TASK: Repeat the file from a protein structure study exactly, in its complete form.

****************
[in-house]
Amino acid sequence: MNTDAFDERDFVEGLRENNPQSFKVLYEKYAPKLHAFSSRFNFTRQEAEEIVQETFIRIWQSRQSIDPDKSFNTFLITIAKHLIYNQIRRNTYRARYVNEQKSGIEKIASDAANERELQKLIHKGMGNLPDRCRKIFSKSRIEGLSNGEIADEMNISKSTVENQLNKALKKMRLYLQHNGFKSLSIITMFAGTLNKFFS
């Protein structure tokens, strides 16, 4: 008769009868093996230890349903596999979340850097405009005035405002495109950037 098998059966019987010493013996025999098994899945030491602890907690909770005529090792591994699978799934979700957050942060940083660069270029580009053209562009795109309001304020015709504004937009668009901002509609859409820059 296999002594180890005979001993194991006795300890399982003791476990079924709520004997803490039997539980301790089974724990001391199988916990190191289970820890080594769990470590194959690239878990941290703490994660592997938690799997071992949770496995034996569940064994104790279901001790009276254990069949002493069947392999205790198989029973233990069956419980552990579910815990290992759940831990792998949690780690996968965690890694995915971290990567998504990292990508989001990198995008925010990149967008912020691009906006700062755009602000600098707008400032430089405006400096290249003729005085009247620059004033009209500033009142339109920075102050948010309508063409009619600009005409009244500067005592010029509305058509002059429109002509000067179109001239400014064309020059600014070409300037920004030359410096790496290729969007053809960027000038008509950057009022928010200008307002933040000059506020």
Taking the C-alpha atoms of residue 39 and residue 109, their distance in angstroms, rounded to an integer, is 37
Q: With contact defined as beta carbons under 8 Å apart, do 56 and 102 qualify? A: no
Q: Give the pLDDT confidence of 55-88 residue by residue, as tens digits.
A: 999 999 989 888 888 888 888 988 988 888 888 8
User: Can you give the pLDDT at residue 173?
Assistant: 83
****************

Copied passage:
[in-house]
Amino acid sequence: MNTDAFDERDFVEGLRENNPQSFKVLYEKYAPKLHAFSSRFNFTRQEAEEIVQETFIRIWQSRQSIDPDKSFNTFLITIAKHLIYNQIRRNTYRARYVNEQKSGIEKIASDAANERELQKLIHKGMGNLPDRCRKIFSKSRIEGLSNGEIADEMNISKSTVENQLNKALKKMRLYLQHNGFKSLSIITMFAGTLNKFFS
């Protein structure tokens, strides 16, 4: 008769009868093996230890349903596999979340850097405009005035405002495109950037 098998059966019987010493013996025999098994899945030491602890907690909770005529090792591994699978799934979700957050942060940083660069270029580009053209562009795109309001304020015709504004937009668009901002509609859409820059 296999002594180890005979001993194991006795300890399982003791476990079924709520004997803490039997539980301790089974724990001391199988916990190191289970820890080594769990470590194959690239878990941290703490994660592997938690799997071992949770496995034996569940064994104790279901001790009276254990069949002493069947392999205790198989029973233990069956419980552990579910815990290992759940831990792998949690780690996968965690890694995915971290990567998504990292990508989001990198995008925010990149967008912020691009906006700062755009602000600098707008400032430089405006400096290249003729005085009247620059004033009209500033009142339109920075102050948010309508063409009619600009005409009244500067005592010029509305058509002059429109002509000067179109001239400014064309020059600014070409300037920004030359410096790496290729969007053809960027000038008509950057009022928010200008307002933040000059506020």
Taking the C-alpha atoms of residue 39 and residue 109, their distance in angstroms, rounded to an integer, is 37
Q: With contact defined as beta carbons under 8 Å apart, do 56 and 102 qualify? A: no
Q: Give the pLDDT confidence of 55-88 residue by residue, as tens digits.
A: 999 999 989 888 888 888 888 988 988 888 888 8
User: Can you give the pLDDT at residue 173?
Assistant: 83